Pellet premiums to soar
During Cleveland-Cliffs’ Q1 conference call, CEO Lourenco Goncalves said, “Several people directly or indirectly involved with the industry initially believed that the lost production in Brazil would not be meaningful and would be easily replaced or brought back online. That did not happen and will not happen.”
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Vale’s dam burst
Investors might recall that a major disaster struck Vale (VALE) on January 25, with a dam rupture at its iron ore mine in the Brazilian state of Minas Gerais (EWZ) killing more than 300 people. Since then, there has been a major supply disruption at the mine due to several injunctions and Vale’s plans to decommission all upstream dams. When the company released its Q4 2018 results, it estimated volumes to be 75 million tons lower than it had previously expected.
Vale is also the world’s largest producer of iron ore pellets, CLF’s main product in the United States (SPY) (DIA). Due to these disruptions, Goncalves expects iron ore prices and pellet premiums to gain even more and stay high for awhile, and believes that there is no short- or medium-term solution for these shortages.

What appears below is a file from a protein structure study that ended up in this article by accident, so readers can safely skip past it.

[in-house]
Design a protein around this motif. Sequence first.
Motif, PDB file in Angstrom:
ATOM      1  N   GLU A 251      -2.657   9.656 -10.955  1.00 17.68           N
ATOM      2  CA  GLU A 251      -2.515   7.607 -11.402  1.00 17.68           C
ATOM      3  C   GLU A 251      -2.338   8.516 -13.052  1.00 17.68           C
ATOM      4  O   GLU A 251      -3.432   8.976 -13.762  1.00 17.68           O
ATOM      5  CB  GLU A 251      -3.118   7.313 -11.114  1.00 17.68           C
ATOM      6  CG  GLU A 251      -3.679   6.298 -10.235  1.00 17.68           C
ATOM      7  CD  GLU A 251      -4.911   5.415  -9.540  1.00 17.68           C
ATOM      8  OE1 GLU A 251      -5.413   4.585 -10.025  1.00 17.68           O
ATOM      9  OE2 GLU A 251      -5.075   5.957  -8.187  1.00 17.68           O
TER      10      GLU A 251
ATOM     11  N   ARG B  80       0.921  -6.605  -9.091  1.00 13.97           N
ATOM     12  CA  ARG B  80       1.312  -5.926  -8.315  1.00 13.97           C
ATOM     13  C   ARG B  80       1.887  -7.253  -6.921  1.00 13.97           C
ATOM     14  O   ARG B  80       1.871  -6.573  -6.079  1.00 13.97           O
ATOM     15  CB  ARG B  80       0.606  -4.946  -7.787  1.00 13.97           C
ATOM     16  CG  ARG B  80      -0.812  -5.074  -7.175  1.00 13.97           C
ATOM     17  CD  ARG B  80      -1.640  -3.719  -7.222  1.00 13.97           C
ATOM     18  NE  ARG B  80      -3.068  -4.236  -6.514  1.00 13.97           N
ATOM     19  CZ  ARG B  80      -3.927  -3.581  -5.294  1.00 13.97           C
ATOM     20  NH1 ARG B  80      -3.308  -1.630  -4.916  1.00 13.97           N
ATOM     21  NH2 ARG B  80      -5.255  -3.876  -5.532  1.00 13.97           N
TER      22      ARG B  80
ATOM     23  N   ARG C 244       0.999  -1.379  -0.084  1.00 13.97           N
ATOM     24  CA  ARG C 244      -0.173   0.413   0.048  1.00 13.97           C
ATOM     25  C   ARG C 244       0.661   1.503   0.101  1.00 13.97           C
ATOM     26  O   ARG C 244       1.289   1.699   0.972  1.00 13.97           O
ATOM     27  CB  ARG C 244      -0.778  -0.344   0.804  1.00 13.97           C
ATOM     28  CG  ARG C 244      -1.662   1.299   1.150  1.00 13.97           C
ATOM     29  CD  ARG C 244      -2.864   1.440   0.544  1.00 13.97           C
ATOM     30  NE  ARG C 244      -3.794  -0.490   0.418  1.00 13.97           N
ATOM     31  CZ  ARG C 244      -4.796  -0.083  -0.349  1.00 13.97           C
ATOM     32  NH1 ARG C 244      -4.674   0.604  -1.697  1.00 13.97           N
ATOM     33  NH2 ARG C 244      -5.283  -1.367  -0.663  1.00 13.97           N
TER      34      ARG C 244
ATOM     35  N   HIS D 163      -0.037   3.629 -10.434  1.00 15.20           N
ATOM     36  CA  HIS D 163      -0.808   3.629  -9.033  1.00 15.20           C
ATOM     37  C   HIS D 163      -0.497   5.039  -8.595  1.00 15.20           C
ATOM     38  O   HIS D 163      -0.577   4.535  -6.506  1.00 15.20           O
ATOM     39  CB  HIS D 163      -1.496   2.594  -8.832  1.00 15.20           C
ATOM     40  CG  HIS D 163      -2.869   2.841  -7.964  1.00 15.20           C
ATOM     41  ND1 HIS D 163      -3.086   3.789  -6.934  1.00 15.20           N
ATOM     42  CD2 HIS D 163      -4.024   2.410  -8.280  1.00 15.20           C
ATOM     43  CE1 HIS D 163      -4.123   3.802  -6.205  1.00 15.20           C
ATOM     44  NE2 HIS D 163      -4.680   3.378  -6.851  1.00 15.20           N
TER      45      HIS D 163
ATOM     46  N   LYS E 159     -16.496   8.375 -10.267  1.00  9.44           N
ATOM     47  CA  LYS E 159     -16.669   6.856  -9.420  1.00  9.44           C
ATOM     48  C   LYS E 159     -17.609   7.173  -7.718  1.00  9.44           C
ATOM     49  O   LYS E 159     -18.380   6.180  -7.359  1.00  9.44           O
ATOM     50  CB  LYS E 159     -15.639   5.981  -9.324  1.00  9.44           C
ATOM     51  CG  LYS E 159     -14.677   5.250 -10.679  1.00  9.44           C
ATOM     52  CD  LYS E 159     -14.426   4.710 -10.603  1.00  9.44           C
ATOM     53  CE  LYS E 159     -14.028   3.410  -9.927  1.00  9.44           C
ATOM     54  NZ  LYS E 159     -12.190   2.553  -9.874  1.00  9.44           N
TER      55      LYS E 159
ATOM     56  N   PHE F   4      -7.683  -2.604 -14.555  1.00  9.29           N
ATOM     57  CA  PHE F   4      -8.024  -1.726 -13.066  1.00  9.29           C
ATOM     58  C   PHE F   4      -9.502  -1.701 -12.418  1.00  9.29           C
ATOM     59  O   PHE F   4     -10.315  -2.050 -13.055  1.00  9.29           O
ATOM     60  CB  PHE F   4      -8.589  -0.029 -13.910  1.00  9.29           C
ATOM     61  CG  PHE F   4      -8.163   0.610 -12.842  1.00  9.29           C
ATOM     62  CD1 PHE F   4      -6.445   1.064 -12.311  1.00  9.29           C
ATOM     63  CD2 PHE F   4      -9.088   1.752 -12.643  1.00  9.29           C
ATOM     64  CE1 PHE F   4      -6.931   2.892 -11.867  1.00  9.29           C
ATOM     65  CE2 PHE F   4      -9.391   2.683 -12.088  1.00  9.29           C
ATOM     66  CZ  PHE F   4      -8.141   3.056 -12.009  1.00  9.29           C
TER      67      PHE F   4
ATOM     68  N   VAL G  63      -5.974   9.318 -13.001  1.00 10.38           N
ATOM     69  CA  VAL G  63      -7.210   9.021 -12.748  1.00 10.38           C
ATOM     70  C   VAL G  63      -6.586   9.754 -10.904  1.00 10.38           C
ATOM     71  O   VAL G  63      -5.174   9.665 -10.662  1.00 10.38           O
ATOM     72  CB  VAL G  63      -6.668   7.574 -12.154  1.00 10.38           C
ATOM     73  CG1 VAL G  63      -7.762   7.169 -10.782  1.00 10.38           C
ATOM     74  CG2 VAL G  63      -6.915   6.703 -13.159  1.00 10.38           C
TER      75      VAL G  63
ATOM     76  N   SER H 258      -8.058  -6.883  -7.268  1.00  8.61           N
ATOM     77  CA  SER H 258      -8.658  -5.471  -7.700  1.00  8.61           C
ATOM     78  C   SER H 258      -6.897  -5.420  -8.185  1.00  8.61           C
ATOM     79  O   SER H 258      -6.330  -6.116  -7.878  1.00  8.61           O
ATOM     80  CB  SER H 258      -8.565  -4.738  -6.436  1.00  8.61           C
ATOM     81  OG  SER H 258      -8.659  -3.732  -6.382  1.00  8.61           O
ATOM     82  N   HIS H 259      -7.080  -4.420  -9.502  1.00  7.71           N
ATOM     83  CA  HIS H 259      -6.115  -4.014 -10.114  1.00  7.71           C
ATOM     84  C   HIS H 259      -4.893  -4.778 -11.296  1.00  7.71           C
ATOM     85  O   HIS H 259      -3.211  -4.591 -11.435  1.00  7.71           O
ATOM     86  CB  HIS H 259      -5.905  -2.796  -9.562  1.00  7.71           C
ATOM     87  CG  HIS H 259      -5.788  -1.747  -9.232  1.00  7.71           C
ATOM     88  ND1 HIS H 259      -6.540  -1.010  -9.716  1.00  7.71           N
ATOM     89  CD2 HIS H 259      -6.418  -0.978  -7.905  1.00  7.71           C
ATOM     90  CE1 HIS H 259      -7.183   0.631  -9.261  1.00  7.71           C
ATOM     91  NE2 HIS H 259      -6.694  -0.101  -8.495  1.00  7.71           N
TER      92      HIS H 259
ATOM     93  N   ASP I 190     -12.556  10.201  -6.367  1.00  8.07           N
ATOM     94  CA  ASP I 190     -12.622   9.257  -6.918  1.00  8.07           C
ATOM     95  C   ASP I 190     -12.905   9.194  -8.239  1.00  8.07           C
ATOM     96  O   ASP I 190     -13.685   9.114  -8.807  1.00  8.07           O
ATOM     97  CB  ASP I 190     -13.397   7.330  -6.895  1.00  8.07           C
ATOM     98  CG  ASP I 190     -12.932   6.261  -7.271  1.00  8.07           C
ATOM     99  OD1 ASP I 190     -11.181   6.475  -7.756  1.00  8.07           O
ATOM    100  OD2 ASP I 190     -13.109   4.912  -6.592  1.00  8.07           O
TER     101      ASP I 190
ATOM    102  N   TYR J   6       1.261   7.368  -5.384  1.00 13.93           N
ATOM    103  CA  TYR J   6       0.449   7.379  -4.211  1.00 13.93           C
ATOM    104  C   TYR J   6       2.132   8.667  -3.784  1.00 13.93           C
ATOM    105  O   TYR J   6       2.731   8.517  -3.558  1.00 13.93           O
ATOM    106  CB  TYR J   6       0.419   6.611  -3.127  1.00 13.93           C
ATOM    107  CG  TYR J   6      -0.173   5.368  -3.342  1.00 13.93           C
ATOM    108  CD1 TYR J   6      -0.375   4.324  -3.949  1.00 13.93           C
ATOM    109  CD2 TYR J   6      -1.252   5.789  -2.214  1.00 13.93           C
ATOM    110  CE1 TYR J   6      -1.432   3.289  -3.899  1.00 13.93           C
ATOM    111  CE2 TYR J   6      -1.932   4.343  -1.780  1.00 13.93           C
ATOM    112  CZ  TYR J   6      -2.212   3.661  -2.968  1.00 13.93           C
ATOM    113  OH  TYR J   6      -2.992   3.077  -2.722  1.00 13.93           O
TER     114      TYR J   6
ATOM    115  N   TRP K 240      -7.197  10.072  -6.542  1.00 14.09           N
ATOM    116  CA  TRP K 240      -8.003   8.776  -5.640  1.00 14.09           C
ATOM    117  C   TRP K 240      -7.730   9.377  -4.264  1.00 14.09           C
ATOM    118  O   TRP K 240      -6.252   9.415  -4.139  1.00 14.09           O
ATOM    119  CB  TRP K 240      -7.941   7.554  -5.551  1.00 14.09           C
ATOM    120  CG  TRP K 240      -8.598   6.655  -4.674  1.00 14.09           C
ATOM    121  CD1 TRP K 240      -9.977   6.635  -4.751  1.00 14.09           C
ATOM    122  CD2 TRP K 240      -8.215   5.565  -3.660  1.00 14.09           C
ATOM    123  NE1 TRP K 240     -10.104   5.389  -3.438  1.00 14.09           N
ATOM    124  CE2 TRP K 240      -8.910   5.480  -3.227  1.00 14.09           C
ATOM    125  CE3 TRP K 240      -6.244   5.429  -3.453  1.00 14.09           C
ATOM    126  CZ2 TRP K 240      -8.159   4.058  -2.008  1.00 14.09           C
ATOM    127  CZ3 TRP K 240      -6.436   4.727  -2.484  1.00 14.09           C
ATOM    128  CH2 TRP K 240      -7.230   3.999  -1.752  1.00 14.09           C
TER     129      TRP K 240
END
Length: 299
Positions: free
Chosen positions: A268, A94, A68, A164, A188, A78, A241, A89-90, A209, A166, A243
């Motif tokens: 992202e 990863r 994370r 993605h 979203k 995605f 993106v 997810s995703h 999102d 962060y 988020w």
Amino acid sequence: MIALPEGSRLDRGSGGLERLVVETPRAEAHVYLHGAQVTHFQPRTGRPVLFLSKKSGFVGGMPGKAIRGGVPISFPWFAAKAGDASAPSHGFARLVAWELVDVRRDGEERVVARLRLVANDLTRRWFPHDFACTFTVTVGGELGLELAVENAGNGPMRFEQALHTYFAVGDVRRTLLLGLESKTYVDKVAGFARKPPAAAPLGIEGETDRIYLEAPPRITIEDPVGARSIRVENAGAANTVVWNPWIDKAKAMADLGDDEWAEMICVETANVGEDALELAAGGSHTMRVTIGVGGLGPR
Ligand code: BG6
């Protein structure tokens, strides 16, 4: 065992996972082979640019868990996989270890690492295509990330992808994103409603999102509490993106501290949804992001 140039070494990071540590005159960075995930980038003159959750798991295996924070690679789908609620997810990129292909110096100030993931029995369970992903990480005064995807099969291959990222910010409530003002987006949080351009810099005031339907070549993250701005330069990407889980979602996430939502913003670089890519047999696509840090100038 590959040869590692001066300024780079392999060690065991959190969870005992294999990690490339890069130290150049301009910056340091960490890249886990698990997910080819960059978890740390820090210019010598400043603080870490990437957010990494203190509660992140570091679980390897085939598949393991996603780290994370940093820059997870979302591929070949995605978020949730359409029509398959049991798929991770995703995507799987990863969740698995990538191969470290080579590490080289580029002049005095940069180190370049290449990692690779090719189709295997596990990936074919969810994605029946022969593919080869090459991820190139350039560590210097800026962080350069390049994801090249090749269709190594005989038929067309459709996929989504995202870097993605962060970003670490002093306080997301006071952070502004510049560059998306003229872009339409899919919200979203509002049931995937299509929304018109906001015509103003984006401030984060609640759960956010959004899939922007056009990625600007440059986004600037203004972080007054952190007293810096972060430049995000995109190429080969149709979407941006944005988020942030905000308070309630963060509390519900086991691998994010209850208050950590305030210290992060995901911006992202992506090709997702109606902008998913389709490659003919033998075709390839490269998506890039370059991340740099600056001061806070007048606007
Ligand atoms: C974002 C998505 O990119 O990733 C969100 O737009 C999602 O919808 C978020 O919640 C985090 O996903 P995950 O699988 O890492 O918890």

Steel prices expected to gain
Goncalves also believes that steel prices could improve with the establishment of the new normal, letting US steel mills increase the price of steel.
Vale’s direct competitors in the seaborne iron ore market, BHP (BHP) and Rio Tinto (RIO), are also benefiting from seaborne iron ore prices (XME) rising due to a perceived and actual supply shortage. If steel prices also soar as predicted by Goncalves, domestic steel players AK Steel (AKS) and U.S. Steel Corporation (X) could have windfall gains. For more on Vale, read Will Iron Ore Prices Breach $100 in the Wake of Vale’s Dam Collapse?